INTERVIEWS, REVIEWS & RELATED ARTICLES
"Craft is what enables you to be successful
when you're not inspired." - Brian Eno
Mojo Special Limited Edition JANUARY 2005 - by Tom Doyle
LIFE DURING WARTIME
Precise, distorted, manic, controlled - Talking Heads and Brian Eno was an experimental match made in heaven. Then the power struggles began.
Whether you came to them through the precise art rock of their early records or their later psychedelic funk, there was something odd, even disturbing, about the way Talking Heads carried themselves. And that was before you heard the music.
For starters, there was that perma-twitching frontman singing Psycho killer qu'est-ce que c'est? in an anxious tone. Then there were the rest: the boyish blonde girl on bass pensively staring a hole into the back of the weird singer's head; the guitarist who rarely looked up from his strings, the tight-armed drummer nudging the minimal beat along. Some kids really like the media concept of us as clones, bassist Tina Weymouth said. It's like, Why shit - they have parents?
Little about the way Talking Heads looked or sounded was accidental. Every inch an art school band, drummer Chris Frantz and fiancée Weymouth had convened at Rhode Island School Of Design in 1974 with a specific plan: to invert the look and sound of what a rock band was supposed to be in the pre-punk mid-'70s. I wanted my guitar to sound thin, clean and clanky, Byrne said. Not chunky, distorted and macho. Emerging amid the sartorial hell that was the arse-end of glam rock, Talking Heads wore everyday shirts onstage, appeared purposely uptight and nerdy. We just wanted to be extremely plain, Weymouth said. We were very anti-glitter.
Relocating to New York in 1975, the trio fell in with the cultural misfits at CBGB (Frantz: Like being in a seedy movie.), added Modern Lovers guitarist Jerry Harrison to the line-up and shared bills with The Ramones, Television and Blondie. The nascent Heads were controlled and precise: loping bass to the fore, scratchy guitars topped by Byrne's edgy, melodic presence.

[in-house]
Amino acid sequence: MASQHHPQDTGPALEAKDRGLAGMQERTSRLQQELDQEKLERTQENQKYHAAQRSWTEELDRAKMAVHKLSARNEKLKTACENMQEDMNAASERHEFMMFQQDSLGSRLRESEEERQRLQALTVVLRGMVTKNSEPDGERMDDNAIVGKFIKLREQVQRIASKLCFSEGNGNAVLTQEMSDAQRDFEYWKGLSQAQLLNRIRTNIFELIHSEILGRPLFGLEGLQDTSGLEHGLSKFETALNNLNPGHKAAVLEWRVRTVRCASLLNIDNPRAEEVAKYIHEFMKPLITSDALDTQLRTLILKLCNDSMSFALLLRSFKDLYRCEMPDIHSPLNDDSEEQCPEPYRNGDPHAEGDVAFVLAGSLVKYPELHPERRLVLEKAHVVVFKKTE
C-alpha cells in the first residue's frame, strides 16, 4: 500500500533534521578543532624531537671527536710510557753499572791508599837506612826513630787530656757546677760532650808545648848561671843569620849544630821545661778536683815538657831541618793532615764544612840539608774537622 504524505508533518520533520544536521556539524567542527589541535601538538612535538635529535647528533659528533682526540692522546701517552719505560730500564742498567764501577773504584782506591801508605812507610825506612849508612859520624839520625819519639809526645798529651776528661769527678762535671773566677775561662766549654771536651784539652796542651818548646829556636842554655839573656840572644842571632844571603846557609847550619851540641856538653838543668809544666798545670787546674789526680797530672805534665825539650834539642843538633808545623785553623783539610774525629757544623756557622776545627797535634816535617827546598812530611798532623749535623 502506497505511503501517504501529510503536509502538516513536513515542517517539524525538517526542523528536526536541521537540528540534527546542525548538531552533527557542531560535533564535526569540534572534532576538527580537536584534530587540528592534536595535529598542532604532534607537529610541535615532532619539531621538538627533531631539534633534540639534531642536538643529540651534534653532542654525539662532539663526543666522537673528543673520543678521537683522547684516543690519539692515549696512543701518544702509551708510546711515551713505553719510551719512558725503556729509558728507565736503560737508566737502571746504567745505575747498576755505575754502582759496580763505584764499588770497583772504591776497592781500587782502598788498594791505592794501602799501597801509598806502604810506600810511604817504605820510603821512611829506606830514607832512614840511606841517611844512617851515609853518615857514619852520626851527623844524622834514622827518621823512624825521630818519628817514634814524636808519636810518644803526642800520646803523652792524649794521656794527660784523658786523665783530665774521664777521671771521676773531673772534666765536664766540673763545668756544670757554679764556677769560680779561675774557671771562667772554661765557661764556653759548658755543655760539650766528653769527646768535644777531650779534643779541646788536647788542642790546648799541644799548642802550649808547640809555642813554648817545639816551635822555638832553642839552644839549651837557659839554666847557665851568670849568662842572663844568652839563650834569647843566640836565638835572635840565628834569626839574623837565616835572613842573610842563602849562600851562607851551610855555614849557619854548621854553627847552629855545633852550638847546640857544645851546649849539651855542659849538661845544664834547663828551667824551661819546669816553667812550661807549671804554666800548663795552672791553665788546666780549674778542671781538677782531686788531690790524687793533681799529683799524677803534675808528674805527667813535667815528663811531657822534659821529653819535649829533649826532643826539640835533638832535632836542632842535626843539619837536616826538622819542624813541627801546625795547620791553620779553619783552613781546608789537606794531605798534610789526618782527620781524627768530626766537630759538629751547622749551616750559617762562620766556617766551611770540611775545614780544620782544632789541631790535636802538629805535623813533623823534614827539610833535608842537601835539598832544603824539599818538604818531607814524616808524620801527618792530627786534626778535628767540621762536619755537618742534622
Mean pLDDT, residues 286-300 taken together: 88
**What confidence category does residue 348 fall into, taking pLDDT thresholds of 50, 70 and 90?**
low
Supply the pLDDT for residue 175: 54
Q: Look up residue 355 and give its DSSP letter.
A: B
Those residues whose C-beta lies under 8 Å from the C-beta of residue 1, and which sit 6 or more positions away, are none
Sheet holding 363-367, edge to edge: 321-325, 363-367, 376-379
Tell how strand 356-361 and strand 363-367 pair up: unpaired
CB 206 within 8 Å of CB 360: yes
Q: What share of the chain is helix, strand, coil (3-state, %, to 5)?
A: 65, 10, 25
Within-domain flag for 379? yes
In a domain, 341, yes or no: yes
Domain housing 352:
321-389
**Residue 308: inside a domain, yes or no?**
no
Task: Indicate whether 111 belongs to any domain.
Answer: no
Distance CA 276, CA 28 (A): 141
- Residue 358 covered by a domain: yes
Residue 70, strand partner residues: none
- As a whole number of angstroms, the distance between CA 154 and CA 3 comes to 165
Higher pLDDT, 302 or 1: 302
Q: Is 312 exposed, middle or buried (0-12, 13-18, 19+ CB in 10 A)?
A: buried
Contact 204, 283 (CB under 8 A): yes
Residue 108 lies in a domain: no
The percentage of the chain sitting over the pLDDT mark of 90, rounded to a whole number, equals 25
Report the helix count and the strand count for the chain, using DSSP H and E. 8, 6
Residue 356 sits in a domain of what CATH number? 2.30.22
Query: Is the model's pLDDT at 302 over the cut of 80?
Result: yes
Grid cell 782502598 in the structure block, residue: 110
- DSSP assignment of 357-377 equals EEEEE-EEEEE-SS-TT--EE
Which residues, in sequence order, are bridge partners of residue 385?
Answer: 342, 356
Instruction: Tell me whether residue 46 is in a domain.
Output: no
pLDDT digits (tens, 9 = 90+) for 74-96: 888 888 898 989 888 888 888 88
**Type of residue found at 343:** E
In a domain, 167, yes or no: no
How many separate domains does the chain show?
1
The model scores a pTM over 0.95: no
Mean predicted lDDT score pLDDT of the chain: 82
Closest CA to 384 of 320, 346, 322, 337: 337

In spite of its uneasy recording (the band clashed with producer Tony Bongiovi after he overdubbed strings on Psycho Killer), their debut album Talking Heads: 77 appeared two years later and sat alongside Patti Smith's Horses and Television's Marquee Moon at the cutting edge of a new, forward-thinking angular rock.
Yet the tipping point in Talking Heads' transformation was to come at their first UK gig at London's Rock Garden. In the audience that night, having been dragged along by John Cale, was Brian Eno, who declared his intention to produce their next record even though Cale had already claimed them for himself. The band met with Eno at his house the next day, making the first move towards forging a musical partnership that created some of the most genre-defying music of the late '70s and early '80s.
What appealed to me about their music was its powerful structural discipline, Eno said at the time. In Talking Heads, the rhythm section is like a ship or train - very forceful and certain of where it's going. On top of that you have this hesitant, doubting quality that dizzily asks, Where are we going? That made for a sense of genuine disorientation.